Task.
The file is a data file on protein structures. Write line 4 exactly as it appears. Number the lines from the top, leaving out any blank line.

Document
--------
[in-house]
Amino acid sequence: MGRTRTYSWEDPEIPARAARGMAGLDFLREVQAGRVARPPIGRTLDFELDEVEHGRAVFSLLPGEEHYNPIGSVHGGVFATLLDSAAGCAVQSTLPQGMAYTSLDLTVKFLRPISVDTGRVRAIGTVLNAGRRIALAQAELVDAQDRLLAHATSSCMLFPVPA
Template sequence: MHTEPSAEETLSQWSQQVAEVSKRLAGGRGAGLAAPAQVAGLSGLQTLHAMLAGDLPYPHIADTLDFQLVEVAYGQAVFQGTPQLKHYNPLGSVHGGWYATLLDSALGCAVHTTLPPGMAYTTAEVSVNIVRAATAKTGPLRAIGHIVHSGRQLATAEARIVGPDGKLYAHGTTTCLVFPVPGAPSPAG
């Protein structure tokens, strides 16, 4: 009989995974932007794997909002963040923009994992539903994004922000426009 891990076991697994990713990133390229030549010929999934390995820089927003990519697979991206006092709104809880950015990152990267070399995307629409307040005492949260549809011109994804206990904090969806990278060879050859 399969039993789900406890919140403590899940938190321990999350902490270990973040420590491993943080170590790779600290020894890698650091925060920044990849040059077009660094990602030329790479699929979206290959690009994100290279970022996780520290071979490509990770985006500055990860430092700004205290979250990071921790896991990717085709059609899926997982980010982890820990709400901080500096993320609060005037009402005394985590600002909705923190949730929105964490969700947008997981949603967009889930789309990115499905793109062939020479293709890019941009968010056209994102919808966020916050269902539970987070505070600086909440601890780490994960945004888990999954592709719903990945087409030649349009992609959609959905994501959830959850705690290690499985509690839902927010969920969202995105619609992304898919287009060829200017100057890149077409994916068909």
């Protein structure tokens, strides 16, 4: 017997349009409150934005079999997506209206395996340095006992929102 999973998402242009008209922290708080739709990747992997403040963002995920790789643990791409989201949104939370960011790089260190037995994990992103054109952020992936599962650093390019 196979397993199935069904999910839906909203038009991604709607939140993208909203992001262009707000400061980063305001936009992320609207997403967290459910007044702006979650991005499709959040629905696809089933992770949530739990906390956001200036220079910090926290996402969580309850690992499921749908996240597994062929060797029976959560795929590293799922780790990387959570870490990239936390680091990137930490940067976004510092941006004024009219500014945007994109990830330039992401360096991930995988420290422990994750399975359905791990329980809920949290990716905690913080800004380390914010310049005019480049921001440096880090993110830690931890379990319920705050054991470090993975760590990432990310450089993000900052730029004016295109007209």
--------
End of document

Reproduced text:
């Protein structure tokens, strides 16, 4: 009989995974932007794997909002963040923009994992539903994004922000426009 891990076991697994990713990133390229030549010929999934390995820089927003990519697979991206006092709104809880950015990152990267070399995307629409307040005492949260549809011109994804206990904090969806990278060879050859 399969039993789900406890919140403590899940938190321990999350902490270990973040420590491993943080170590790779600290020894890698650091925060920044990849040059077009660094990602030329790479699929979206290959690009994100290279970022996780520290071979490509990770985006500055990860430092700004205290979250990071921790896991990717085709059609899926997982980010982890820990709400901080500096993320609060005037009402005394985590600002909705923190949730929105964490969700947008997981949603967009889930789309990115499905793109062939020479293709890019941009968010056209994102919808966020916050269902539970987070505070600086909440601890780490994960945004888990999954592709719903990945087409030649349009992609959609959905994501959830959850705690290690499985509690839902927010969920969202995105619609992304898919287009060829200017100057890149077409994916068909």